By Peter Nurse
Investing.com - European stock markets traded higher Thursday, building on the previous session’s gains as investors await the release of the minutes from the latest meeting of the European Central Bank.
Equity investors have been trying this week to put behind them the brutal sell-off of the first half of the year, while nervously keeping a close eye on central bank actions as they try to assess the impact of aggressive rate hikes on global growth.
The ECB will publish the minutes of its last meeting later Thursday, the gathering at which the policymakers decided that a rate hike of 50 basis points would be appropriate in July.
Europe's inflation is running at record levels and surging energy prices suggest the upward pressure on consumer prices will remain substantial for a while longer.
The latest data showed Germany’s industrial output scraped higher in May, despite a big drop in energy output as Europe’s largest economy grapples with an increasingly severe supply crisis.
Adding uncertainty to the region is the ongoing political crisis in the U.K., with Prime Minister Boris Johnson refusing to resign as Conservative leader and prime minister despite losing the confidence of a substantial number of senior figures in his own party.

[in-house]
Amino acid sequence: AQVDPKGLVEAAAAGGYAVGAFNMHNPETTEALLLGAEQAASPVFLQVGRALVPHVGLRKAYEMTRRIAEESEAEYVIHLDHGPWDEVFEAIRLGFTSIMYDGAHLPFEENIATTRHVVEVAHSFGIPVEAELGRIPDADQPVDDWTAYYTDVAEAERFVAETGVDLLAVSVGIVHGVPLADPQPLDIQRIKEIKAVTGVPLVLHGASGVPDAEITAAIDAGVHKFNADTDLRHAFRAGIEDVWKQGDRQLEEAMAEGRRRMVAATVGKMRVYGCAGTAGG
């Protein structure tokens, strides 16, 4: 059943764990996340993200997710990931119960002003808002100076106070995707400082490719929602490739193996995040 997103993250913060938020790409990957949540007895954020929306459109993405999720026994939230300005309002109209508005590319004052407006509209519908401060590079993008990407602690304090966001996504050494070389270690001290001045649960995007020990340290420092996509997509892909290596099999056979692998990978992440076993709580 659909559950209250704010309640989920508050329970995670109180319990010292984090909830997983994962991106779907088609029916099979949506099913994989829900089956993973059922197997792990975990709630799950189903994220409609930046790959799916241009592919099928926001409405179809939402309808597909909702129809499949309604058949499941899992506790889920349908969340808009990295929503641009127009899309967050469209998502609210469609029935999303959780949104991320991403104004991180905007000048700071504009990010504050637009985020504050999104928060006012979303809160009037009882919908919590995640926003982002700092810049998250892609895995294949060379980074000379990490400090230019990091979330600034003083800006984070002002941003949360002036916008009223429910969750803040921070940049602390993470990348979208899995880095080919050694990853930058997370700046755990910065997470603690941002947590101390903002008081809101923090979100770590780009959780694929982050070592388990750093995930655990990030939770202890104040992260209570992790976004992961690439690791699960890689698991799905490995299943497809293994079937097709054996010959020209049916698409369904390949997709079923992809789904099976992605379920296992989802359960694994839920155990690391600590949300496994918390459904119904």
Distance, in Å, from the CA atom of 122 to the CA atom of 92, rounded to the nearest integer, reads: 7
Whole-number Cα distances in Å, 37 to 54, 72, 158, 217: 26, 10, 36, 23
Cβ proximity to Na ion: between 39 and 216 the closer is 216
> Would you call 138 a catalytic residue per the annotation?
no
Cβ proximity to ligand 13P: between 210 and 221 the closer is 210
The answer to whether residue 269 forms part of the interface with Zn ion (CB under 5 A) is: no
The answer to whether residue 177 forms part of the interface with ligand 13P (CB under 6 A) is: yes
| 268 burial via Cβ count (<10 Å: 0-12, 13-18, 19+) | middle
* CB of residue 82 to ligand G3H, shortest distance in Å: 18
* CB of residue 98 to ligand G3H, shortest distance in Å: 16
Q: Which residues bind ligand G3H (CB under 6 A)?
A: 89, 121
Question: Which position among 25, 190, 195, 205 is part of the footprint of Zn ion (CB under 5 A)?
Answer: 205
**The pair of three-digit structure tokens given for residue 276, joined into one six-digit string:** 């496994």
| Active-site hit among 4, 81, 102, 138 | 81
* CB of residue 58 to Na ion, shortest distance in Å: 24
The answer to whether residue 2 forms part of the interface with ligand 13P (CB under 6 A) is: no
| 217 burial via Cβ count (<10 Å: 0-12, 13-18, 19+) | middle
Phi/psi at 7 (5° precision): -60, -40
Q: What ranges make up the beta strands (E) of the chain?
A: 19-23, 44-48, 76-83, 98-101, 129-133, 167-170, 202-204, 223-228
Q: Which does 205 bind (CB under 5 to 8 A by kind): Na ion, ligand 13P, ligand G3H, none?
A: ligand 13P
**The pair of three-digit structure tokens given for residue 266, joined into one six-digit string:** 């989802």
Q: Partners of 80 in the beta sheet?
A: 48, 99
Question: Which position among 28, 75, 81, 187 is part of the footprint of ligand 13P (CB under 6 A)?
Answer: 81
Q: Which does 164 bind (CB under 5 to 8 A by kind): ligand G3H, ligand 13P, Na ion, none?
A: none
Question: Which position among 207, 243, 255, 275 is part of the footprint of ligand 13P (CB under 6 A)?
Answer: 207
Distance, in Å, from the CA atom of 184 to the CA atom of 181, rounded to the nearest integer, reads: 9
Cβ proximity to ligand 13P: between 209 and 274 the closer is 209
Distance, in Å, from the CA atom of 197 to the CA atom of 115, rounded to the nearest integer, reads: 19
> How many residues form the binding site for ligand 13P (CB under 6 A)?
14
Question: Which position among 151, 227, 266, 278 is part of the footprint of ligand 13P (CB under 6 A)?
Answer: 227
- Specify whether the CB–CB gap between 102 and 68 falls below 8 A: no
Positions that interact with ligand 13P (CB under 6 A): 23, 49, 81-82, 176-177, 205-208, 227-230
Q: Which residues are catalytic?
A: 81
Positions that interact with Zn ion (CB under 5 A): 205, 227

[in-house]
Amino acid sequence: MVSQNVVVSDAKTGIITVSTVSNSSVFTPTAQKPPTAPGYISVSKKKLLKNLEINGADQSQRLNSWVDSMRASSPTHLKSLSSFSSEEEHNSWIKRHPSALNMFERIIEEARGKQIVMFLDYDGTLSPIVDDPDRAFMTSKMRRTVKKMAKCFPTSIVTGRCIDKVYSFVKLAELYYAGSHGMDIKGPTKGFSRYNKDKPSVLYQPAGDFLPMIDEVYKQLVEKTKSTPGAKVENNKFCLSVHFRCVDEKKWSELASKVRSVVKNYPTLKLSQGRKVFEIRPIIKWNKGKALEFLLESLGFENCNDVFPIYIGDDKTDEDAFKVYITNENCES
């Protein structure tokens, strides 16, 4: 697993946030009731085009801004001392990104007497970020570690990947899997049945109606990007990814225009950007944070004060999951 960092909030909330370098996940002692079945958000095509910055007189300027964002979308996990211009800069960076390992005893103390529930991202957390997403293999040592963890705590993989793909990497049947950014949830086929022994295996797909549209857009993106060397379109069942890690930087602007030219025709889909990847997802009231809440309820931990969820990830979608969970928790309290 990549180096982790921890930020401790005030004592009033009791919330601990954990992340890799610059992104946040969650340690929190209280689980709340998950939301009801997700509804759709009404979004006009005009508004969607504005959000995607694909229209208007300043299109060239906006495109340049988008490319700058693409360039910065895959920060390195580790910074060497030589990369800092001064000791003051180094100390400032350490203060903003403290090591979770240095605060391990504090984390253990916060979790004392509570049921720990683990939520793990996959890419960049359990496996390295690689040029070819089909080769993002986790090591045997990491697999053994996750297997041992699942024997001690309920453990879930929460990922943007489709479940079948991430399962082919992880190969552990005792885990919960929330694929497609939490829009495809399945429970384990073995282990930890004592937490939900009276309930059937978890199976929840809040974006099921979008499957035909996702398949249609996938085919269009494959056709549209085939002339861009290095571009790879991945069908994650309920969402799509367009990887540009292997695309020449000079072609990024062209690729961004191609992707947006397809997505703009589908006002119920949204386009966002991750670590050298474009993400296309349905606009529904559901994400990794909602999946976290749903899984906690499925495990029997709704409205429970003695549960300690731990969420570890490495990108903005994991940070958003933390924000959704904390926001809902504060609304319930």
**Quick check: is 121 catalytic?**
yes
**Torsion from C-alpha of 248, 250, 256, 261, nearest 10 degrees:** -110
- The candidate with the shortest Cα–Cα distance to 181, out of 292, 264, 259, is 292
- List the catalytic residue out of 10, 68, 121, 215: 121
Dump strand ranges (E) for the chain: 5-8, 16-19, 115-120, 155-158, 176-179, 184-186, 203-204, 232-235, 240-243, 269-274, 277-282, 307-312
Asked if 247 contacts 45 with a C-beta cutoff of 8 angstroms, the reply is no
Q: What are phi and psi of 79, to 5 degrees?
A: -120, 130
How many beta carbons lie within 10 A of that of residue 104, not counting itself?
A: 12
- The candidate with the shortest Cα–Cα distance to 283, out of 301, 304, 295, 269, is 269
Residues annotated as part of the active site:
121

On the corporate front, Shell (LON: SHEL ) stock rose 1.2% after the energy giant said surging margins from fuel production could have added more than $1 billion to the earnings of its refining business in the last quarter.
Telecom Italia (BIT: TLIT ) stock rose 0.8% after the company set out a plan to split its fixed network infrastructure from its service businesses in a bid to raise cash and cut debt.
Lufthansa (ETR: LHAG ) stock rose 1.5% after German logistics entrepreneur Klaus-Michael Kuehne increased his stake in the German flag carrier to 15% from 10%.
Currys (LON: CURY ) stock soared 8% after the British electronics retailer posted better-than-expected annual pre-tax profit, but lowered its earnings guidance for its next two financial years.
Oil prices edged higher Thursday, consolidating after the hefty losses of the last two sessions as the focus returned to the underlying tight nature of supplies even as fears over the demand outlook in the wake of a recession remain.
The U.S. announced fresh sanctions on Iran late Wednesday in an attempt to pressure the Persian Gulf country to revive the 2015 nuclear accord. However, this shows no signs of doing anything but hardening the resolve in Tehran, making the addition of Iranian oil to the global market unlikely in the near term.
Elsewhere, the industry-funded American Petroleum Institute reported U.S. crude stockpiles rose by about 3.8 million barrels last week, and traders will look later in the session for the release of U.S. government data for confirmation of the state of domestic oil and fuel inventories.
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